Workplace fatalities rise in 2015 as more workers fall from height

Workplace fatalities rise in 2015 as more workers fall from height

A total of 66 workers died in workplace accidents last year, an increase from the 60 deaths in 2014. More than one-third of the deaths were due to falls.

SINGAPORE: The number of workplace fatalities rose last year as more employees fell from a height to their deaths, according to figures released by the Workplace Safety and Health (WSH) Institute on Thursday (Mar 10).

Sixty-six workers died in workplace accidents last year, an increase from the 60 deaths the year before. Correspondingly, the workplace fatality rate rose from 1.8 per 100,000 employed people in 2014 to 1.9 in 2015.

More than one-third, or 23 deaths, were due to falls from a height, a sharp increase from the 14 deaths in 2014. Ten workers died after being struck by moving objects, an increase from the eight deaths in 2014, and another 10 died in work-related traffic accidents, up from six the year before.

The construction, marine and manufacturing sectors accounted for 56 per cent of the deaths, compared to 62 per cent in 2014. The construction sector remained the top contributor with 27 cases, or 41 per cent of all fatalities. The transportation and storage sector was the second-highest contributor with 15 fatalities.

FEWER NON-FATAL INJURIES

There were 12,285 non-fatal injuries last year, down from 13,535 in 2014, according to the WSH Institute. The number of major injuries fell by 11 per cent to 597 cases, compared to 672 cases in 2014, while minor injuries fell by 9.1 per cent to 11,688 cases from 12,863 in 2014.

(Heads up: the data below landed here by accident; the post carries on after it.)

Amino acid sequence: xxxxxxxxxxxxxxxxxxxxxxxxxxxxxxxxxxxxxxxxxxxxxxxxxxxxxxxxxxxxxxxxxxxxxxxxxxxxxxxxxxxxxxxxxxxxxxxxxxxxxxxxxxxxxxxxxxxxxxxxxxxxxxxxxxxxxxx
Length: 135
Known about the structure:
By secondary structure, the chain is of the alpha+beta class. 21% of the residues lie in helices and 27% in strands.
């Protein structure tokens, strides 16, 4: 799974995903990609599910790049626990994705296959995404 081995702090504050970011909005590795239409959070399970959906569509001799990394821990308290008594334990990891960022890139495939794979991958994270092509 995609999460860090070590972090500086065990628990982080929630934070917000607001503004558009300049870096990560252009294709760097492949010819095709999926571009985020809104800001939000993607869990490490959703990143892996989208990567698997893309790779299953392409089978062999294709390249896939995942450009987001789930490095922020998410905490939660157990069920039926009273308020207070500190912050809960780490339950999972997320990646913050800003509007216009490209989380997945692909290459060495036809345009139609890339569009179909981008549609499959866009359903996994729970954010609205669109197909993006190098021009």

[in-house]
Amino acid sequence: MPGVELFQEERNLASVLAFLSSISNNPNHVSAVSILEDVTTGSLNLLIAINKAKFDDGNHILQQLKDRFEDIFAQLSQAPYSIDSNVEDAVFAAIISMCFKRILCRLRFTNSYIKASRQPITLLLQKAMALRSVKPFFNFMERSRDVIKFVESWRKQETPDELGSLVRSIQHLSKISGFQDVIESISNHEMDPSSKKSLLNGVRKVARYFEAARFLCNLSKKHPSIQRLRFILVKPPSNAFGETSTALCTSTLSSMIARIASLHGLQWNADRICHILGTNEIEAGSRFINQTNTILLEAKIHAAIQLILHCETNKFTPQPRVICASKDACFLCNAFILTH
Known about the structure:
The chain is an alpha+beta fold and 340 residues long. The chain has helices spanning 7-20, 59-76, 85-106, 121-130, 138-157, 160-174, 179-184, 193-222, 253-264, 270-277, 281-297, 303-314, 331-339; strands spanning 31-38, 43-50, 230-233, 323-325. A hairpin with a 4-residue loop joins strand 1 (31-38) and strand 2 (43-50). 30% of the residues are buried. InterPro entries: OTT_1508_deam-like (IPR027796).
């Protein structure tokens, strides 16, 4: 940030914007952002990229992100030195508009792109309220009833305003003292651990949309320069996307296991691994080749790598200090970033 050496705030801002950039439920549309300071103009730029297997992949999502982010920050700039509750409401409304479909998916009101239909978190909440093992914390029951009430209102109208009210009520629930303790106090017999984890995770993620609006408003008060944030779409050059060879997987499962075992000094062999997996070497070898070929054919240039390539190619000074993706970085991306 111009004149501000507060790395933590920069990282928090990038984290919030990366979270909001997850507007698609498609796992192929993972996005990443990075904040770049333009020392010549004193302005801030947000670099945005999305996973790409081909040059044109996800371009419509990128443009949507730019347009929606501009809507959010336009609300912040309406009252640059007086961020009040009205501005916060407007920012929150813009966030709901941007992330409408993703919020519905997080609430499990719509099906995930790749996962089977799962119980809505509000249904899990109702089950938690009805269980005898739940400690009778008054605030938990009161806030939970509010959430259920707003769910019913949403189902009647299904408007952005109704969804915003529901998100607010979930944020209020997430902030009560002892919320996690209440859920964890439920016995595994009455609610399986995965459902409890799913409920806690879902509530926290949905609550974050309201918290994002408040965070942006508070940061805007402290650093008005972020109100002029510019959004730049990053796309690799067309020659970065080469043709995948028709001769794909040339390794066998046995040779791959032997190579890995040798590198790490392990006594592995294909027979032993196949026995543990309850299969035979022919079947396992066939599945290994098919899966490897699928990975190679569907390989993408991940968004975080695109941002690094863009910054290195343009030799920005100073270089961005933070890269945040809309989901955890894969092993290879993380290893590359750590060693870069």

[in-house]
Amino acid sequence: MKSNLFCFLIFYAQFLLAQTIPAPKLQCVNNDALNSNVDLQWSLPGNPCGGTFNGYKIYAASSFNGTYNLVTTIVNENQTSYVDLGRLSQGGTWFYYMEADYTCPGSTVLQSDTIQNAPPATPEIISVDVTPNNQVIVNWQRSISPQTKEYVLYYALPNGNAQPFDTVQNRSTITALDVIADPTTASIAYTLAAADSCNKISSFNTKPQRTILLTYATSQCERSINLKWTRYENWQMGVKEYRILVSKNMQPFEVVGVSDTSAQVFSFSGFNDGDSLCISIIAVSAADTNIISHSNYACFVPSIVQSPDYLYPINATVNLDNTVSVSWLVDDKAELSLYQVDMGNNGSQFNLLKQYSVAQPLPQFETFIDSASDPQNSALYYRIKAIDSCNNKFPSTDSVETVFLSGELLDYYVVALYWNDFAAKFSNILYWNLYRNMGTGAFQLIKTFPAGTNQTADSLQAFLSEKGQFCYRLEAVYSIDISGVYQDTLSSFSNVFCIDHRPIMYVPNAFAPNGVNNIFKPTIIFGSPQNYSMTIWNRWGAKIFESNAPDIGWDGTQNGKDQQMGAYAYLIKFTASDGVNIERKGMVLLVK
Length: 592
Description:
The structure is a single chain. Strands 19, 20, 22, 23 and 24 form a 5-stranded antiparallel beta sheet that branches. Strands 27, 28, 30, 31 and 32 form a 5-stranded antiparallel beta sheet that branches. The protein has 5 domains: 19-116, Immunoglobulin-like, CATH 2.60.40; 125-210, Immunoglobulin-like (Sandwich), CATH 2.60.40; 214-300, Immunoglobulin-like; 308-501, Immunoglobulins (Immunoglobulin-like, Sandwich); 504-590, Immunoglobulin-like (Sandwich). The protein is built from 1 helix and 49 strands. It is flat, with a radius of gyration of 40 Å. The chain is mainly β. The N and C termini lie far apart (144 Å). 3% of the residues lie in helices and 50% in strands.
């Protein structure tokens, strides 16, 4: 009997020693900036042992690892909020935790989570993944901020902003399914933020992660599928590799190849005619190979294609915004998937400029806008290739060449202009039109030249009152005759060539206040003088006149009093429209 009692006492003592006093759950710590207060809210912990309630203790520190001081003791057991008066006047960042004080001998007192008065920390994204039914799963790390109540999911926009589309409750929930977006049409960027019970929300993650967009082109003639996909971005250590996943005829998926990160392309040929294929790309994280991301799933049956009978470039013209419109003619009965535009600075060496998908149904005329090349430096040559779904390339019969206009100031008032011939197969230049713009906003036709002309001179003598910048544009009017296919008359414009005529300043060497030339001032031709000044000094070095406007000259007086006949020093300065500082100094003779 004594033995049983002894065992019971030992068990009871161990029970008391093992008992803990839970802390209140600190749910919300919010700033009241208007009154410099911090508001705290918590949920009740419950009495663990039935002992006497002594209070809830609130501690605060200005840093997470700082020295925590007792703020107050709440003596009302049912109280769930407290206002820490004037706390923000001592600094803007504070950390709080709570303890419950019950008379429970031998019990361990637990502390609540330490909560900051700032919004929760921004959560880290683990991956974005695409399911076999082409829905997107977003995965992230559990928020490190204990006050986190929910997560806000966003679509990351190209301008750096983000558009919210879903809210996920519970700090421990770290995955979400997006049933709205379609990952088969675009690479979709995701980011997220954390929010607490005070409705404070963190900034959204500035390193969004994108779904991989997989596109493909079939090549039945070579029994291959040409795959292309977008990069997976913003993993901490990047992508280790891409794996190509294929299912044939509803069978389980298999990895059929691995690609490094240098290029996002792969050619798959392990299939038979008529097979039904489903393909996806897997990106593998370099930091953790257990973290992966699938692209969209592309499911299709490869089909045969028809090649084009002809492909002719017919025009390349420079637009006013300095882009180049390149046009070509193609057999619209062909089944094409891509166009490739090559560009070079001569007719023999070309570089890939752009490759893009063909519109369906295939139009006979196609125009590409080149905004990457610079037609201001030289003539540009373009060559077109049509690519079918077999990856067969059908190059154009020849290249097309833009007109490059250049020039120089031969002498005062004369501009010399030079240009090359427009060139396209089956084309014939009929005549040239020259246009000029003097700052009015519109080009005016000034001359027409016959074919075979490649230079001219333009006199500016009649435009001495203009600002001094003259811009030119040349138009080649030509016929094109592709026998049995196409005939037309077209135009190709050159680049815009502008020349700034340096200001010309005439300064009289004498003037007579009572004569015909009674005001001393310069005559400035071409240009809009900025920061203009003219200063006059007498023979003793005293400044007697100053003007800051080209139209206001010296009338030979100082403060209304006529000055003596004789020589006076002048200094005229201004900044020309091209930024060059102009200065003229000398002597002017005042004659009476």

A total of 157 cases of major injuries were in the construction sector, while the marine sector saw an increase to 32 cases, up from 29 in 2014. The accommodation and food service activities sector saw a spike with 46 cases reported, a 70 per cent increase from 27 cases the year before.

About 43 per cent, or 255 cases, of major injuries were caused by falls – including falls from height as well as slips and trips, WSH Institute said.

For minor injuries, the manufacturing sector remained the top contributor with 2,556 cases, although this was a drop from 2,922 cases in 2014. The construction sector also saw a decline in minor injuries from 2,686 cases in 2014 to 2,076 last year.

Slips, trips and falls was the top incident type for minor injuries, with 24 per cent, or 2,863 cases.

Cases of occupational diseases declined by 5.7 per cent from 992 cases in 2014 to 935 last year, WSH Institute said.

Noise-induced deafness was the leading contributor with 53 per cent, or 498 cases. Occupational skin diseases saw an increase of 65 per cent from 54 cases in 2014 to 89 in 2015, due to an outbreak of skin rashes at a construction site.

SPIKE IN ‘DANGEROUS OCCURRENCES’

The report included a new section called “dangerous occurrences”, such as the case of a mobile crane toppling over at a worksite in Jurong in March 2015. There were 46 such dangerous occurrences in 2015, an increase from 27 the year before, the institute said.

The construction sector was the top contributor, accounting for 50 per cent for the cases. The number of dangerous occurrences involving cranes rose by 83 per cent to 22 last year, up from 12 in 2014.

WSH Institute Executive Director Dr Gan Siok Lin said the institute is “particularly concerned” about the rise in fatalities, which has continued this year with nine fatalities in January alone, as well as the increase in number of dangerous occurrences.

“I urge companies to check your existing work practices regularly and to systematically build capability in recognising WSH risks at all levels of the organisation. Recognition of risks is critical as it is the trigger for further action to control risks. If done well, it would result in safer and healthier workplaces,” she said.

Source: CNA/cy

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